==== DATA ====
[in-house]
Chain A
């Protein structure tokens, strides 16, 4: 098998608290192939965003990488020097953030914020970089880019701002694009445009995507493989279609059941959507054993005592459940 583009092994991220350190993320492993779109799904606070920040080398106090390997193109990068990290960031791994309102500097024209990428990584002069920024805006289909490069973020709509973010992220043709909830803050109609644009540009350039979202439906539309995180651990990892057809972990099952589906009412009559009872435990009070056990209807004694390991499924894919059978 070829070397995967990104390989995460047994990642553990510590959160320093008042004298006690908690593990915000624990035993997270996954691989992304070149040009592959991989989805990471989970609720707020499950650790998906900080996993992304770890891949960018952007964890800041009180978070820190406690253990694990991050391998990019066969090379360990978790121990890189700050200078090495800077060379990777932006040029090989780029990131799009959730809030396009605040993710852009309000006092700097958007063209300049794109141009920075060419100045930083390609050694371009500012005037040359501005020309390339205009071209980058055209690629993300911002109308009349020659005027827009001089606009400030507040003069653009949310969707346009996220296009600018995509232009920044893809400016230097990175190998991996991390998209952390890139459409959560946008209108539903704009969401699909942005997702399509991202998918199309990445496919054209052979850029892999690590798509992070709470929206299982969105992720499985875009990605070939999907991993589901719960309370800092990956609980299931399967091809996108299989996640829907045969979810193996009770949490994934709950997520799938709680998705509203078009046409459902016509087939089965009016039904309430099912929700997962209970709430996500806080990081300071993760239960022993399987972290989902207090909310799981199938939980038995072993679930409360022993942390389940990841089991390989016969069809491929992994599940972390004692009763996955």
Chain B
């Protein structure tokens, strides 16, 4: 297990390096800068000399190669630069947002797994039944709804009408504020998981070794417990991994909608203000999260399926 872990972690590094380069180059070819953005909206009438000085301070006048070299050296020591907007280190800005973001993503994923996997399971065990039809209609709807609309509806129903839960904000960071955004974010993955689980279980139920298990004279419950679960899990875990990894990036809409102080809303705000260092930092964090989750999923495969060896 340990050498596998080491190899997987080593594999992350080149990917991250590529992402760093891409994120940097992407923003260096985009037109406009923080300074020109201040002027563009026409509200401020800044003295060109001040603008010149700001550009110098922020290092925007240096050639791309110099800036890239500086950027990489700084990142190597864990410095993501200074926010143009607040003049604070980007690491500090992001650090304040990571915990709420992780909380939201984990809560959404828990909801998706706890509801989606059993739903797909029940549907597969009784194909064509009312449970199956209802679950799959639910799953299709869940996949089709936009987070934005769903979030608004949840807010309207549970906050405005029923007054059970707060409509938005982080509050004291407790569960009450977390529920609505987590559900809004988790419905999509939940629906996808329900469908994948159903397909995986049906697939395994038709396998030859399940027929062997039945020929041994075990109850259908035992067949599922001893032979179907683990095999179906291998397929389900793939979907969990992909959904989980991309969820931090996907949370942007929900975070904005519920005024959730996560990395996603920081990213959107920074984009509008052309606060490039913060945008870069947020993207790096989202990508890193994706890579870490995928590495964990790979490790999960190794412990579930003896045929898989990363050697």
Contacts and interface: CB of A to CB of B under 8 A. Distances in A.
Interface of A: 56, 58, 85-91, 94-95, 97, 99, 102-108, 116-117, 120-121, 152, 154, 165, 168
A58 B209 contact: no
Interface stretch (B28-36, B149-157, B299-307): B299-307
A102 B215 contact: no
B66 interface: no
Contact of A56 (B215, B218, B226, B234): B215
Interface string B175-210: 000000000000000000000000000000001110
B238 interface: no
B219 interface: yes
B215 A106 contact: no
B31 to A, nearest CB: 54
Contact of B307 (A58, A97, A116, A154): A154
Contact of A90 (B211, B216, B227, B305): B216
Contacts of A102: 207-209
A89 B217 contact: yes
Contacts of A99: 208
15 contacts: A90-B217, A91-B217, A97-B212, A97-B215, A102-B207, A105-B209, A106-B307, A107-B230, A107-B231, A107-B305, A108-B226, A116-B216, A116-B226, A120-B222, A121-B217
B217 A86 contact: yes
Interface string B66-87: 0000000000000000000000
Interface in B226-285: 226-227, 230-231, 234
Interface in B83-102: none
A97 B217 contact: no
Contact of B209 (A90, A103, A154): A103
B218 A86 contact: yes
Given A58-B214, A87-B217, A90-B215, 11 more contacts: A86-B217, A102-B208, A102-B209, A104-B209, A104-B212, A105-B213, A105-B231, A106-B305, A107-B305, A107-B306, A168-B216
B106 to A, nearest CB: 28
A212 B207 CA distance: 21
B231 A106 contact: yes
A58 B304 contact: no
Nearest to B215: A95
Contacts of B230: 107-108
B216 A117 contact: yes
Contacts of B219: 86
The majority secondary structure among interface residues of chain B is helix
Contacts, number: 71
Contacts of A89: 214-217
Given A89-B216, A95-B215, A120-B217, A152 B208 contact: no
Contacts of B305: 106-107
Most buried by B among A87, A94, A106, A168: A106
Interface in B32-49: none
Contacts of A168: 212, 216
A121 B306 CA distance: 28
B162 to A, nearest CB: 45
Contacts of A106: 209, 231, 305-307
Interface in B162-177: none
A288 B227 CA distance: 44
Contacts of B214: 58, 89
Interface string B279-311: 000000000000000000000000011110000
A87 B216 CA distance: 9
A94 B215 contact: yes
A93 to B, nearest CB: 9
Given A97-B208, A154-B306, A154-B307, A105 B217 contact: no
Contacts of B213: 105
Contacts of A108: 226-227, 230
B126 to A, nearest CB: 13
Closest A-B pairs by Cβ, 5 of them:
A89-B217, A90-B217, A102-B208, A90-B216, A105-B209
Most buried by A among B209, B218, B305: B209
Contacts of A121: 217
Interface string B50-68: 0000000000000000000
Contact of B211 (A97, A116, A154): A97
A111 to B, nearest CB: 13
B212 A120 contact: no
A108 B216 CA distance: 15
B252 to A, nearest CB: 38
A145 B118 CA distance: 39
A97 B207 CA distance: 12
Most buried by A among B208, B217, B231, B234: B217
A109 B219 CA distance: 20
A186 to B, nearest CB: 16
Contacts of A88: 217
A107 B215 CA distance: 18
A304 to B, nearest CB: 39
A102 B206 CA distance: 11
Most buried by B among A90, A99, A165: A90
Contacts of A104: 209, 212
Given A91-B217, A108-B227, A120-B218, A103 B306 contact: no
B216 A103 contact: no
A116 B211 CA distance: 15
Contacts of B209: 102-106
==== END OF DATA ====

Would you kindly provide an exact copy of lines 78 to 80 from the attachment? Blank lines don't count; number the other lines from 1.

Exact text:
A107 B215 CA distance: 18
A304 to B, nearest CB: 39
A102 B206 CA distance: 11